The US and British occupation of Iraq will end by 1 July next year at the latest, when the jointly-run civil administration, the Coalition Provisional Authority (CPA), will be formally dissolved. Its authority and functions will be transferred to a joint US-British and Iraqi "Committee of Implementation", which will answer to the Iraqi transitional government.
That was outlined by the Prime Minister's special representative in Iraq, Sir Jeremy Greenstock, in a speech to the Royal Institute of International Affairs in London yesterday. Sir Jeremy also warned that he foresaw little let-up in the attacks on US and British forces, some of which could be "spectacular". "I have not got a message of comfort in those terms for the British public," he said.
The formal dissolution of the CPA by 1 July means that the military occupation of Iraq should be over in time for the Republican Party convention at the end of August, at which George Bush will be nominated for re-election, with the election itself in early November.
The word "occupation" has been a liability for US and British forces in Iraq, who had hoped to be hailed as "liberators". While the dissolution of the CPA will technically end the foreign occupation of Iraq, Sir Jeremy stressed that dissolution did not mean the end of the US and British security commitment, and that would probably change little through the second half of 2004.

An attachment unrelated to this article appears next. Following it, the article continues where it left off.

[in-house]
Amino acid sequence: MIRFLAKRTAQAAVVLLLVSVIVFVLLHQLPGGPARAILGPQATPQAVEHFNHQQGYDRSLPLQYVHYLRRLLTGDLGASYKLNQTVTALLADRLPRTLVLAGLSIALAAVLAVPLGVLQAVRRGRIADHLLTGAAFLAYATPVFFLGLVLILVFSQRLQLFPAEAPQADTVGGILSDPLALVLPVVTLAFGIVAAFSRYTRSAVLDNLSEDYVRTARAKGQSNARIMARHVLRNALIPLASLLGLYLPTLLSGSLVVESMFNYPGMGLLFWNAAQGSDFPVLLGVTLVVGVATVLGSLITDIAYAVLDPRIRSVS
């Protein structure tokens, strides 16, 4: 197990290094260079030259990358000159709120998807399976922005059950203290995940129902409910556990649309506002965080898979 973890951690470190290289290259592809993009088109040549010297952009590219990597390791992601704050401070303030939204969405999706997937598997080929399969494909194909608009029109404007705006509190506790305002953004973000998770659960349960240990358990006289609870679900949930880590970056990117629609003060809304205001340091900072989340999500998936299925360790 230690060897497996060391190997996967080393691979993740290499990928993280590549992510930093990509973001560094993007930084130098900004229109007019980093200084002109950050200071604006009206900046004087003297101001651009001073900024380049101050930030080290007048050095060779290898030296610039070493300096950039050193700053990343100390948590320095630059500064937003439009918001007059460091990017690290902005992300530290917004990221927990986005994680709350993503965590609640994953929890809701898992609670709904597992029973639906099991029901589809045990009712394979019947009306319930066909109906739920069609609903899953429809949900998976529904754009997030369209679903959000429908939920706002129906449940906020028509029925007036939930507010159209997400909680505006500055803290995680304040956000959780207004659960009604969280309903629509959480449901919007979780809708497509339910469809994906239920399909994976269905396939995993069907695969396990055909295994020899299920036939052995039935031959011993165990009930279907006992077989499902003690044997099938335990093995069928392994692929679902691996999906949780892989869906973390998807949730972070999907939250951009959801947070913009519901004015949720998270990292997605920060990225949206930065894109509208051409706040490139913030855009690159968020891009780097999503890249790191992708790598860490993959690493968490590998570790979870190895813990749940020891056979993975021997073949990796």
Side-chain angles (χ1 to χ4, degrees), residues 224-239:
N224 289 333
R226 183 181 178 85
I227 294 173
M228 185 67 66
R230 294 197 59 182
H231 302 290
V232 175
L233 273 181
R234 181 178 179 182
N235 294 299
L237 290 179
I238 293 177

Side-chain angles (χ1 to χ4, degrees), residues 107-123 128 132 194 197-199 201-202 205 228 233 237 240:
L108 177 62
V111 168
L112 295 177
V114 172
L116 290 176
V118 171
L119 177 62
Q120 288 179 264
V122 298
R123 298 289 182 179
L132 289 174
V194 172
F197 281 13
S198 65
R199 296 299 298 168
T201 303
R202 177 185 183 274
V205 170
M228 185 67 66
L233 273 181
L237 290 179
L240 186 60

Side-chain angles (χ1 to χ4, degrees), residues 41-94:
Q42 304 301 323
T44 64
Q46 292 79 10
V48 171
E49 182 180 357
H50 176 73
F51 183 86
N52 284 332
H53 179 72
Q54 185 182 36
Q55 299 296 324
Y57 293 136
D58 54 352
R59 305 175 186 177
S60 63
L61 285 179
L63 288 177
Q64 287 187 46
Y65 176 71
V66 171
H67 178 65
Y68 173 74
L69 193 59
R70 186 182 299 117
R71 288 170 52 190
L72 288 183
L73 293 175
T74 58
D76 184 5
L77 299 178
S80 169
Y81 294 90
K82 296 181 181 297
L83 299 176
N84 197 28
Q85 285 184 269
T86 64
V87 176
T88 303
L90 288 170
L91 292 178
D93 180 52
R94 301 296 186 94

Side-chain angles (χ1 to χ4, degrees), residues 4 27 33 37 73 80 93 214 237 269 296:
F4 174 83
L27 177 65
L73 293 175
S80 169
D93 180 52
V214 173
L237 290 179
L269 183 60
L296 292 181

The formal difference would be that, from 1 July - or sooner - executive and legislative authority would reside with the Iraqi transitional government and the troops would be in place "at the invitation" of the Iraqi government.
With the timetable for the formal hand-over accelerating, Sir Jeremy stressed the desirability of broader international involvement in Iraq, especially of the UN, which, he said, had a "huge role" to play. He meets the UN secretary general, Kofi Annan, in New York on Monday to discuss a much-increased role for the UN after June 2004.
Sir Jeremy added that he would personally like to see the military forces in Iraq placed under Nato auspices after next June, because that would be a sign to the Iraqis that this was a "multilateral performance". But, he said, "the Americans will always be top dog in Iraq of the international forces, and must be."
However, it was possible to discern doubts about whether and how the Iraqi Governing Council would keep to the proposed timetable. In particular, he expressed regret that the IGC had not taken "more international advice" before passing a statute last week that set up an Iraqi war crimes tribunal.
He suggested that it would have been preferable for such a tribunal to have been set up under UN auspices. "The Iraqis wanted to do this their own way, without an international remit".Reuse content